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Discussion Starter · #1 ·
Hello everyone,

I am currently working on Ibert's Concertino Da Camera, specifically all of the second movement including the Animato Molto section and i am having trouble with the the high altissimo F. I can get every other altissimo note to come out perfectly but I haven't been able to get the F at all and I was wondering if any of you guys who have played this piece or are just skilled in altissimo could give me a couple tips. Thanks!
If it's important, my setup follows:

Horn: Yamaha Custom EX (V1 Neck)

Mouthpiece: Vandoren AL3/Selmer C*

Reed: Vandoren Traditional Strength 4

Ligature: Vandoren M/O
 

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I didn't take the second mvt up an octave because I don't like the way it sounds up there.

I've played high F in other pieces, and I just used the fingering xox|xox with the eb key, and voiced the next harmonic up from high c.
 

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Discussion Starter · #3 ·
I think the part you're referring to is in the Larghetto. I'm talking about the cadenza on the very last page.
 

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Discussion Starter · #4 ·
I didn't take the second mvt up an octave because I don't like the way it sounds up there.

I've played high F in other pieces, and I just used the fingering xox|xox with the eb key, and voiced the next harmonic up from high c.
I think the part you're referring to is in the Larghetto. I'm talking about the cadenza on the very last page.
 

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I think the part you're referring to is in the Larghetto. I'm talking about the cadenza on the very last page.
I always take the Mule cadenza. The Rascher one is just too damn hard. There's a good recording of Claude Delangle doing it, and I have one of Mr Rascher himself playing it, and John Kelly too, but that's it.
 

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Sorry for that. I haven't played the Ibert since 1978. I agree with j.max. Also, doesn't the Rascher cadenza have a high F#/Gb? My memory may be bad. I think Bobby Black played the Rascher cadenza, too.
 

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The cadenza is written to double Ab, if memory serves, though J.E. Kelly extends the half-whole diminished scale another m3rd up to double B. In any event, altissimo above D is especially sensitive to excess embouchure pressure. I advocate practicing overtones, and later standard fingering patterns, using a double-lip embouchure to develop the realization that *any* additional jaw/embouchure pressure is not only counter-productive in terms of tonal and intonation goals, but can entirely prevent certain very high altissimo notes from responding at all. If you can do this with a *loose* double-lip embouchure, then you are developing your voicing awareness to the point where you will not bite.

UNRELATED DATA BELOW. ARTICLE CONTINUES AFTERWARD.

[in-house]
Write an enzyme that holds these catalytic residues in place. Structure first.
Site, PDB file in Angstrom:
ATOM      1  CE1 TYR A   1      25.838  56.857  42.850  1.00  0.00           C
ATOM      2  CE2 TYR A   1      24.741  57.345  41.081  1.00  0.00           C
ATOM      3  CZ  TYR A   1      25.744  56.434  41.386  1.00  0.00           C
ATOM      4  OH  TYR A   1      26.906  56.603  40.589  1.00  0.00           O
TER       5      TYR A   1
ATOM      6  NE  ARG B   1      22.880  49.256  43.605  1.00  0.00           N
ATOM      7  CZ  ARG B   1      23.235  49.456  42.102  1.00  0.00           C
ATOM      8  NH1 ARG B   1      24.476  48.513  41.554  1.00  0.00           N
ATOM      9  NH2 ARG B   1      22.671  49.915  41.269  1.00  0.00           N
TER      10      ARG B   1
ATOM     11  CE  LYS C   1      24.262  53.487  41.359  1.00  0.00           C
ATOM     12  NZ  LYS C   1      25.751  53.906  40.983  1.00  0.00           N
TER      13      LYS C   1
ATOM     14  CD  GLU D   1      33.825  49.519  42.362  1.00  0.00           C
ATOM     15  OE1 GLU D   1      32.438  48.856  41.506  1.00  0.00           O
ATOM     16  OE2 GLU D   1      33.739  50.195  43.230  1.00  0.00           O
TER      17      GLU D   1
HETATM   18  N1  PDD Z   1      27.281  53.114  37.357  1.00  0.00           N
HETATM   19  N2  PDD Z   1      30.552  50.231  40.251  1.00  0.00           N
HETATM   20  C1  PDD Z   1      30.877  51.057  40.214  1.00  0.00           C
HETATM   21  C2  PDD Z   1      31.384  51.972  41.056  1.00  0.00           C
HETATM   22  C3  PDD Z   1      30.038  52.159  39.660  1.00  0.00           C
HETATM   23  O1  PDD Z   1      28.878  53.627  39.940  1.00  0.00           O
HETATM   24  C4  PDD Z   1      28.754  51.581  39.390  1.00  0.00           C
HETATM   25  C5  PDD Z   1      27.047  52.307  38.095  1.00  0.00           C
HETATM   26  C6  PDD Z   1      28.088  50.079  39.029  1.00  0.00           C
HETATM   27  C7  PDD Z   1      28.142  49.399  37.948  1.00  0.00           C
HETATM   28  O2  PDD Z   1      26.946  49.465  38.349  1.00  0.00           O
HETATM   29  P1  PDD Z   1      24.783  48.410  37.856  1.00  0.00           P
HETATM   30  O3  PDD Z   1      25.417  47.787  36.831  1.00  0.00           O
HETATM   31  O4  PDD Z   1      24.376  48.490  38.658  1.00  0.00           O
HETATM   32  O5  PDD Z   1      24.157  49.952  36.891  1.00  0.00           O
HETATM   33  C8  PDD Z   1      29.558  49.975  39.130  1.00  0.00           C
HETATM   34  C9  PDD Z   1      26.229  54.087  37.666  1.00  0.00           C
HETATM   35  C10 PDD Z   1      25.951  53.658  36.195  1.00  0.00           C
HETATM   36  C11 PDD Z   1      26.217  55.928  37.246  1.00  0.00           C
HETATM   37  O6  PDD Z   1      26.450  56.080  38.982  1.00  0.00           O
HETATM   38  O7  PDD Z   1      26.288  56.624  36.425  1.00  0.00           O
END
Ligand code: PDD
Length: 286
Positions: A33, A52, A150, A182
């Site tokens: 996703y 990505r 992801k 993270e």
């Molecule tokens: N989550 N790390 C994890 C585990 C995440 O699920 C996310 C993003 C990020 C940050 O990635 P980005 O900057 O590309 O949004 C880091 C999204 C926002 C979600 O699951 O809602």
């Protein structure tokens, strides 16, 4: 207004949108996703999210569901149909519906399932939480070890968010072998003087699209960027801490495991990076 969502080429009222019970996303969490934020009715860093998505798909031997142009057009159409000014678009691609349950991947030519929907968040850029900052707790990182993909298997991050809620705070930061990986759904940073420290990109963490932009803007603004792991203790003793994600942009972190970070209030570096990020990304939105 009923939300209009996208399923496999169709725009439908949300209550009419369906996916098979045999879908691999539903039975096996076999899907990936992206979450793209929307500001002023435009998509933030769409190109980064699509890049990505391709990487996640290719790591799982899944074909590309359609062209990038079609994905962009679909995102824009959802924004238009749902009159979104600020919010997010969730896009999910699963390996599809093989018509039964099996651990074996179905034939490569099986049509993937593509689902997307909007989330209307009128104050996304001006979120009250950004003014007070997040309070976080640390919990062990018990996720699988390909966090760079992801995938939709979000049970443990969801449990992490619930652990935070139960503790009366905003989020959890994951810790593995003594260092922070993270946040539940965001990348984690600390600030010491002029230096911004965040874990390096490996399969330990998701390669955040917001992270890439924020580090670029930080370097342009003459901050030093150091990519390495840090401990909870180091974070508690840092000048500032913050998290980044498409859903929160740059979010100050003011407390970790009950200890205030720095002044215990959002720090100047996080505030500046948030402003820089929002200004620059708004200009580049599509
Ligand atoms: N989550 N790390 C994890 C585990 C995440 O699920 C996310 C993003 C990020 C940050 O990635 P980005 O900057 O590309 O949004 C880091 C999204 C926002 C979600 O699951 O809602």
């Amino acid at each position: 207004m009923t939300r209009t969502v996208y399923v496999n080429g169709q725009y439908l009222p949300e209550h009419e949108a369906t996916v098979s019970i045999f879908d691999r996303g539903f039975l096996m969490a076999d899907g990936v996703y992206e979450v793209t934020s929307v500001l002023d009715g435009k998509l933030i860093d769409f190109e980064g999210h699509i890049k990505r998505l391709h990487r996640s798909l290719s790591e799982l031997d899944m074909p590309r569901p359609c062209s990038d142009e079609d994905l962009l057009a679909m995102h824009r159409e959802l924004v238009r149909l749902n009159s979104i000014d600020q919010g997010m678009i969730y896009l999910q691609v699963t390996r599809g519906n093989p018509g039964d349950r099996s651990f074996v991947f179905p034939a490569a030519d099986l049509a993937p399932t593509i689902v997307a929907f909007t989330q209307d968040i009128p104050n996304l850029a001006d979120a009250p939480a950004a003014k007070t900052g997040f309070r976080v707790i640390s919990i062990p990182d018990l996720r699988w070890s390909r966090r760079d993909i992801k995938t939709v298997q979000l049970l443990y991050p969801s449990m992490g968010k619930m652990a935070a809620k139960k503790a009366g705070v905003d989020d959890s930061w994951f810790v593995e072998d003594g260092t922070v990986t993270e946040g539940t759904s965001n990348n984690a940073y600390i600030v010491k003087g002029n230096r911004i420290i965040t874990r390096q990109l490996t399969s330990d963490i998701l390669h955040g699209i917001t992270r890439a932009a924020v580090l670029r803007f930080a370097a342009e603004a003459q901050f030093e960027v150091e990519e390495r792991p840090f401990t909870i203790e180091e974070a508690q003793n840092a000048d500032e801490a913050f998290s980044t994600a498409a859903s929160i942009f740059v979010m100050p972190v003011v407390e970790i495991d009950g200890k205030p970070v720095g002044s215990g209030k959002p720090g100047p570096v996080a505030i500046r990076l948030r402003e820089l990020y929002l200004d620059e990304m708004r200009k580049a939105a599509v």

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Well, I like those tones. At first sight, your reed seems too hard IMO.

I get those notes with a number 3 reed, a Java Reed and of course I do not play classical saxophone. Fingerings for me are important.

For that F, what I finger is either oxo/xxo plus octave key plus side Bb or oxo/oxo plus octave key.

For F# ooo/xxx plus palm D and palm D#.

For G I finger palm F and look for the overtones and for Ab palm F#. From there, variations on the palm keys and always the F# key. Octave key always open.
 

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The cadenza is written to double Ab, if memory serves, though J.E. Kelly extends the half-whole diminished scale another m3rd up to double B. In any event, altissimo above D is especially sensitive to excess embouchure pressure. I advocate practicing overtones, and later standard fingering patterns, using a double-lip embouchure to develop the realization that *any* additional jaw/embouchure pressure is not only counter-productive in terms of tonal and intonation goals, but can entirely prevent certain very high altissimo notes from responding at all. If you can do this with a *loose* double-lip embouchure, then you are developing your voicing awareness to the point where you will not bite.
I'm curious, Jim, do you require students to play one cadenza or another?
 

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Discussion Starter · #10 ·
As of now, I will most likely take the mule cadenza. I have been preparing this for practice auditions to colleges my local solo and ensemble, and for summer institute auditions. As a junior in highschool, you could suspect that I find all of this a bit tough. I do have a question for all of you that have played this piece. If you have heard Claude Delangle's recording of the ibert in the very beginning "Larghetto" section he takes part of it up the octave (which is written in and is optional). Have any of you played it up the octave and what are your opinions on it?
 

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The cadenza is written to double Ab, if memory serves, though J.E. Kelly extends the half-whole diminished scale another m3rd up to double B. In any event, altissimo above D is especially sensitive to excess embouchure pressure. I advocate practicing overtones, and later standard fingering patterns, using a double-lip embouchure to develop the realization that *any* additional jaw/embouchure pressure is not only counter-productive in terms of tonal and intonation goals, but can entirely prevent certain very high altissimo notes from responding at all. If you can do this with a *loose* double-lip embouchure, then you are developing your voicing awareness to the point where you will not bite.
Drake... is it double Concert Ab? As I remember that is the case and shoud be a double F por alto.
 
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